When has a week gone by for you when you haven’t shopped on line for a brand? For most of us in our team at least, shopping online or using mobile during the shopping experience has become a habit.
From Showrooming (looking at products in store and buying on line), to Webrooming (looking at products on line and then buying in store) to Boomerooming (researching on line, seeing and touching the product in store and then buying on line) we are changing our shopping habits and the implications for retailers and brands is profound.
Addressing these challenges is strategic: do you have a clear eCommerce strategy for your business? Do your teams have the capabilities to deliver it? It is also executional: just getting the fundamentals right. I reflected on a recent personal experience of buying vitamins online. As I was doing my research I wanted to know some specific dose and concentration information. I found myself immediately eliminating all products during my search where I could not see this detail on the pack and selected from those where I could. So all the products that had single, front-on images missed out on being considered - a simple fix for those manufacturers but one that so many brands miss.
Many businesses are only just starting to understand and address eCommerce and it certainly warrants a specific, cross-functional effort to establish an overall approach to driving eCommerce sales. There are many things to consider but front and centre is to decide where to play: are you going to set up a direct to consumer business? Which online pure play retailers are most important to you, and at what cost? How will you work with Bricks & Mortar retailers and their online sites? For example, P&G have set up eStore, a site where you can purchase their brands directly from them. Some manufacturers have put large teams in place to work with Amazon and others are setting up SWAT teams to rapidly develop on-line category management capabilities.
At the other end of the spectrum you need quickly to assess and fix the fundamentals. A simple audit of how your brand is represented on others’ websites will reveal a lot about your internal, cross-functional processes and how well your sales team are working with etailers. A few practical things you can look at for your brands and your competition are:
Driving sales in the online environment requires a different take on category management, customer marketing and sales skills and the area has its own language that needs to be understood. How to achieve online visibility and sales means understanding how to build relevance (searches, purchases, reviews) for your brand within the etailer, which of the etailer’s digital assets provide the best returns and how to leverage the increasing role mobile is playing for the “always on” consumers. Equally, the pricing transparency that the internet brings means that any discrepancies in trade investment shows up quickly to customers, so thinking through how to structure your trading terms becomes even more critical.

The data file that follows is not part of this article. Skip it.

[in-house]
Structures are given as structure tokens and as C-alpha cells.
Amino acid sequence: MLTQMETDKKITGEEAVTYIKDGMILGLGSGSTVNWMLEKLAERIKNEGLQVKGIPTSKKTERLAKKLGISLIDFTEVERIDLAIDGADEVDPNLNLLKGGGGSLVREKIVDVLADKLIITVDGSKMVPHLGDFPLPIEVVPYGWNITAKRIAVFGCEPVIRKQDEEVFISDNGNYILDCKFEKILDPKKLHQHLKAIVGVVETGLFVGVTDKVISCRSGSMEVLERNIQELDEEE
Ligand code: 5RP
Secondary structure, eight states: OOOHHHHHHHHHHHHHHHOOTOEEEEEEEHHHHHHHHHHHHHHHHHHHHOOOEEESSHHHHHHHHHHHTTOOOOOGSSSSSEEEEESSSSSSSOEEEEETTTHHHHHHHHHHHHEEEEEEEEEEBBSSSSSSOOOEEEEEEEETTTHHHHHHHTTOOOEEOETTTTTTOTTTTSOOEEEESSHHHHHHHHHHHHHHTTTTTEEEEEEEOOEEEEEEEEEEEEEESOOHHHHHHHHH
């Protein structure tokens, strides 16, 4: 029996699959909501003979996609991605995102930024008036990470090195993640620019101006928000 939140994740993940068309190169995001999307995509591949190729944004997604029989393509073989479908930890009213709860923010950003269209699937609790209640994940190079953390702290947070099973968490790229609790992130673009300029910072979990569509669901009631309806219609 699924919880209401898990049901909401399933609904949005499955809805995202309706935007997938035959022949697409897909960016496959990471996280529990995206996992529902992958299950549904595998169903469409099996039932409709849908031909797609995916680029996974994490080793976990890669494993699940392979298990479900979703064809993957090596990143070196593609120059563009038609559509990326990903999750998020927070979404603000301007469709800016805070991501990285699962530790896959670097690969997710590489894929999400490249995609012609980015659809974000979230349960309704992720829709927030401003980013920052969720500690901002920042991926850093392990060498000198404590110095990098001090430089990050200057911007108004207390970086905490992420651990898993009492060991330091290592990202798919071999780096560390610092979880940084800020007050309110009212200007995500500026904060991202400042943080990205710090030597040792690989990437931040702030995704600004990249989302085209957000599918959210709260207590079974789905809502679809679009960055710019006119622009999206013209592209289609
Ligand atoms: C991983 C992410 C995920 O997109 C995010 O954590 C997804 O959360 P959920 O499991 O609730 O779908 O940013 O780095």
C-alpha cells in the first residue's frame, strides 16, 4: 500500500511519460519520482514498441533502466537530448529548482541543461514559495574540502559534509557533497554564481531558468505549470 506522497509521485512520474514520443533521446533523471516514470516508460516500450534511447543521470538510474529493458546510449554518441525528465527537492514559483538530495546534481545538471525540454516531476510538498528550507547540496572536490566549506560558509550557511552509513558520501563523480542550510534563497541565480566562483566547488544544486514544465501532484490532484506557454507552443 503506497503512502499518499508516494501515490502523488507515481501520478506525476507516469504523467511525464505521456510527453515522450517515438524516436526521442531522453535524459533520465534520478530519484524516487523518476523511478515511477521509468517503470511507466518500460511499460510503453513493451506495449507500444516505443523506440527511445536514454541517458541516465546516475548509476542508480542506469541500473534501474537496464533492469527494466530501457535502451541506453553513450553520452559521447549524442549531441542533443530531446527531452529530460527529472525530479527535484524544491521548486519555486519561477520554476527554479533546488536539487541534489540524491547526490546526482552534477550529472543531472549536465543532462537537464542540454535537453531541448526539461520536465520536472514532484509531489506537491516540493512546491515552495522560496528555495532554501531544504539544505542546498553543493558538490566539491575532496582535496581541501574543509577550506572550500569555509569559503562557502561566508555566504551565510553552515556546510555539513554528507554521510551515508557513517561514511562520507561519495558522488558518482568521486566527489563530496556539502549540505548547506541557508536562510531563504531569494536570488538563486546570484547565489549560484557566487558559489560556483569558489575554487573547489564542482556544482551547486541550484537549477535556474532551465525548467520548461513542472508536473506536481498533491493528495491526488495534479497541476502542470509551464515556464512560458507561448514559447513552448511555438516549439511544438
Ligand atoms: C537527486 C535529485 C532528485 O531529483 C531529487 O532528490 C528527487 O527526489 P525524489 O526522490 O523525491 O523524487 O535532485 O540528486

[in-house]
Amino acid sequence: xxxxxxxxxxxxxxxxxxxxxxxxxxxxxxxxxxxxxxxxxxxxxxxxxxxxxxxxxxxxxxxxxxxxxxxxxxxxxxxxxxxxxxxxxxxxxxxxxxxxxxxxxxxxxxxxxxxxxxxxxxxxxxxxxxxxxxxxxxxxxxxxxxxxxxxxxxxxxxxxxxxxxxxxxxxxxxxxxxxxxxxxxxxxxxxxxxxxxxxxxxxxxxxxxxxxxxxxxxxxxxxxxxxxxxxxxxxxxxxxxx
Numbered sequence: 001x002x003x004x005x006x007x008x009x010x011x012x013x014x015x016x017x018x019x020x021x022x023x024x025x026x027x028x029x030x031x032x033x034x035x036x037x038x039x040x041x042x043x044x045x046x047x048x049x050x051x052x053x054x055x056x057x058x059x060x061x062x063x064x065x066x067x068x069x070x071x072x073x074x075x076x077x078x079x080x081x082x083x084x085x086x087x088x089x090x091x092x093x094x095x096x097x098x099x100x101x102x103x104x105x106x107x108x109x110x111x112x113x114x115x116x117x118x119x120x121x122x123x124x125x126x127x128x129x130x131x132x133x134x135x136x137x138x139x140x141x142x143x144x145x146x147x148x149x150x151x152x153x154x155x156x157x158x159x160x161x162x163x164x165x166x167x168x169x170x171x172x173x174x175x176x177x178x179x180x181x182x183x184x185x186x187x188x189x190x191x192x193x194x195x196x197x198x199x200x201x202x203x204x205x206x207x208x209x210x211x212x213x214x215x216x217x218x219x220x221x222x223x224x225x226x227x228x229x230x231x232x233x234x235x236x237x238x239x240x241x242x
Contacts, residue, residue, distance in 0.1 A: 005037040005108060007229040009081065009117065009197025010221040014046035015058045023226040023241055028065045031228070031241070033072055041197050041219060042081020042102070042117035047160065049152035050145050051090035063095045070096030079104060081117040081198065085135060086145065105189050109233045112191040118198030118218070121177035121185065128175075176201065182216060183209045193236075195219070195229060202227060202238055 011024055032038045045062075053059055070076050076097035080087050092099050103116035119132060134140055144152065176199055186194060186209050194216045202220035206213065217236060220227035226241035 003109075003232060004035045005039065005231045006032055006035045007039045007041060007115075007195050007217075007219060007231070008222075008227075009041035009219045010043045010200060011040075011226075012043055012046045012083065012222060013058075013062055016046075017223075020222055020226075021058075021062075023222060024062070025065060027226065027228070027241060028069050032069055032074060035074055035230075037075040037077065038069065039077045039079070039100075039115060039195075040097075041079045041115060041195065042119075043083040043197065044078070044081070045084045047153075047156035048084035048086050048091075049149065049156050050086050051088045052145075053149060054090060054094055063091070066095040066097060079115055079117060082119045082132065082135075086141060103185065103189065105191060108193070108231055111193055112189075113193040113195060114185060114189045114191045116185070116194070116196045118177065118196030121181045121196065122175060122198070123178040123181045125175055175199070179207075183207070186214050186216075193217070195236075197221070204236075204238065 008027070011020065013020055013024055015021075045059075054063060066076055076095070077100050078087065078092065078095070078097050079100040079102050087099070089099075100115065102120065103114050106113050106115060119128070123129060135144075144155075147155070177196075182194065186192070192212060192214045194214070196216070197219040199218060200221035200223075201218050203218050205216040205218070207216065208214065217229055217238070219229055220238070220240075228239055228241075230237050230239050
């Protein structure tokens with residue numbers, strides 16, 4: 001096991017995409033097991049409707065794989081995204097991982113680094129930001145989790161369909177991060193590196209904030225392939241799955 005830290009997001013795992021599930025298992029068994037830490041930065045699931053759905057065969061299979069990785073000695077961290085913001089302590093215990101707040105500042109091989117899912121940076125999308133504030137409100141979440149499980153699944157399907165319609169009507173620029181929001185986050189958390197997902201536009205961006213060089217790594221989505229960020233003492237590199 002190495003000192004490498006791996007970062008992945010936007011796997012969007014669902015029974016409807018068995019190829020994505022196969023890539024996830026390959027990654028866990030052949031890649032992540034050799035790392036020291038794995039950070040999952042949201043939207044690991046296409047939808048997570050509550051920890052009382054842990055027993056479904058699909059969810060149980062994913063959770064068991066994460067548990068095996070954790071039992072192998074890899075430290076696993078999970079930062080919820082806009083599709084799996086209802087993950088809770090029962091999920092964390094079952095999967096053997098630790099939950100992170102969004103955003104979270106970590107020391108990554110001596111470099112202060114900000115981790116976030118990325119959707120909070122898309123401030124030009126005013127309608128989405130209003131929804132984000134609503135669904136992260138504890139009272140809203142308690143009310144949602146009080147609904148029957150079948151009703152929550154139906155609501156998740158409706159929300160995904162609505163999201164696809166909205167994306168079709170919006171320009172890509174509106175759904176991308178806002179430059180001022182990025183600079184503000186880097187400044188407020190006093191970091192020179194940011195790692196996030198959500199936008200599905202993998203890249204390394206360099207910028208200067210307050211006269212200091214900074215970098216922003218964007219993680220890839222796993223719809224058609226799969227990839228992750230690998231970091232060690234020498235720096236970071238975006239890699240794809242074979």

Organisations that are ahead of the game in this space have clearly defined eCommerce strategies and have addressed the core capability drivers of organisation, processes, people and skills:
eCommerce is a total business challenge and requires cross-functional focus to drive success. Brand teams can’t expect Sales teams to be experts in developing brand digital assets (images, content etc) and Sales teams can’t expect Brand teams to understand the complexities of driving sales with etailers. But working together to shape strategies and execute plans will reap rewards and ready teams for the further business model disruption that eCommerce will inevitably bring.
Read more about how leading companies approach joining teams together to create customer-centred growth, and take our quiz to share how well sales and marketing collaborate in your organisation.
Let us know what you think; join the conversation @brandlearning.
This post is by Martin Adkins, Sales Capability Director at Brand Learning
A group of researchers from University of Massachusetts Lowell, Department of Operations and Information Systems has studied the importance of reviews on trust in business. As stated by the study “People read online reviews and are influenced by others’ opinions when making purchase decisions. The magnificent power of crowd is further enhanced with User Generated Content (UGC) websites and social media platforms where users can easily access the information about users’ choices and decisions.”
The study could be reached here: http://www.ibimapublishing.com/journals/JIEBS/2015/886172/886172.html